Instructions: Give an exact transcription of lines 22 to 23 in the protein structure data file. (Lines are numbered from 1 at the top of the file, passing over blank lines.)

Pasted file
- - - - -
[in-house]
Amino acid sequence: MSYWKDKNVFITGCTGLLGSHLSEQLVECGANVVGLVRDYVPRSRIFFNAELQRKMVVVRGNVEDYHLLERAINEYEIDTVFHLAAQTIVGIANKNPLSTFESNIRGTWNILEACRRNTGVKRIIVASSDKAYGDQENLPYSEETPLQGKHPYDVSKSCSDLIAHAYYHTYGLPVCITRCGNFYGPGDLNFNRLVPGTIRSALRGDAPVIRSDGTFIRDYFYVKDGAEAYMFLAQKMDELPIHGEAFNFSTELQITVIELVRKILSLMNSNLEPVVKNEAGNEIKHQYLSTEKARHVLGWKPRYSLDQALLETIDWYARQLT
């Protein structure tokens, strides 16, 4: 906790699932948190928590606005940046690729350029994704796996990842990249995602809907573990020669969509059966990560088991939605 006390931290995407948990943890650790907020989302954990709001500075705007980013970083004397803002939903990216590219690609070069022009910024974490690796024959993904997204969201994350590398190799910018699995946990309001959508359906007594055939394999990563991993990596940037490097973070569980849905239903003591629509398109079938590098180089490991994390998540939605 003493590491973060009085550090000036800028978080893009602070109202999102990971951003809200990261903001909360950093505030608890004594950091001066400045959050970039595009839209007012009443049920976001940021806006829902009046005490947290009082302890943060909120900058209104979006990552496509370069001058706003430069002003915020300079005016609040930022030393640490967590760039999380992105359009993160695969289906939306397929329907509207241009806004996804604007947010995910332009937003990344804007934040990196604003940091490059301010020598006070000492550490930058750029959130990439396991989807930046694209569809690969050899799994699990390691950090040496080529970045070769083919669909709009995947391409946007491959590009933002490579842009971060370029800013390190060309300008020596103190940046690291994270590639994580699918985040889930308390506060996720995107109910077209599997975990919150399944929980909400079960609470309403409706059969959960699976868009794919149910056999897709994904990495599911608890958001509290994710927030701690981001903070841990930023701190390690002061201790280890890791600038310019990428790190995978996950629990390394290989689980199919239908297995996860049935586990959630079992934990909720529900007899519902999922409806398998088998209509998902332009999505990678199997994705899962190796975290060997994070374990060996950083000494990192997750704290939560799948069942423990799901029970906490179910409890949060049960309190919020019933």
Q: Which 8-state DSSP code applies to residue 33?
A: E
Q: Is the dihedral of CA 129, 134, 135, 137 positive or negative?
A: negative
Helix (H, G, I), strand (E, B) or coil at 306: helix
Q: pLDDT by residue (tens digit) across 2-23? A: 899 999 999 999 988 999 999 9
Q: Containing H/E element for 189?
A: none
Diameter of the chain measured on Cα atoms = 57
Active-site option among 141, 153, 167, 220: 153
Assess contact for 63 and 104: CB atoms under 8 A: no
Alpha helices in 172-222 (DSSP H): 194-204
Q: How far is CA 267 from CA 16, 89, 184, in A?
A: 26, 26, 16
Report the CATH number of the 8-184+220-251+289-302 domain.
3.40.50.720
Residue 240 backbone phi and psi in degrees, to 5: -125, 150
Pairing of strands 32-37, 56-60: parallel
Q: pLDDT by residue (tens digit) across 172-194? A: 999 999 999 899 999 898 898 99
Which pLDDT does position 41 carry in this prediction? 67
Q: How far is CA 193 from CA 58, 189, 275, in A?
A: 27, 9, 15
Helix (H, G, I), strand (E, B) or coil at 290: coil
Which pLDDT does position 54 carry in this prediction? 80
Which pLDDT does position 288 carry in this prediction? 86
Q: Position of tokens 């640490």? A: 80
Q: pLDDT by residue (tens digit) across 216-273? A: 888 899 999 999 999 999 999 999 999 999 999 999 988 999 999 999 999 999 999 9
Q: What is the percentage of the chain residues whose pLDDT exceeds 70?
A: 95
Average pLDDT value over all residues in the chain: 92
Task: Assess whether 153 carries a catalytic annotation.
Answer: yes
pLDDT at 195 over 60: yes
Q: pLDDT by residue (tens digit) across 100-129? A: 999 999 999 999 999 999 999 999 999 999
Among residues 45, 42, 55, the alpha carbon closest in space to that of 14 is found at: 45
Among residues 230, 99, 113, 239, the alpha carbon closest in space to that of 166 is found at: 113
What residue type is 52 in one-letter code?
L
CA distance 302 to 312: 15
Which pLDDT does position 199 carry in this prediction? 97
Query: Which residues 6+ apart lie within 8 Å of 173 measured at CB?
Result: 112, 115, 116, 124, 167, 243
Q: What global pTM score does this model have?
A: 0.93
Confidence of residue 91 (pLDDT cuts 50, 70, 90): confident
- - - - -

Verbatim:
Q: pLDDT by residue (tens digit) across 172-194? A: 999 999 999 899 999 898 898 99
Which pLDDT does position 41 carry in this prediction? 67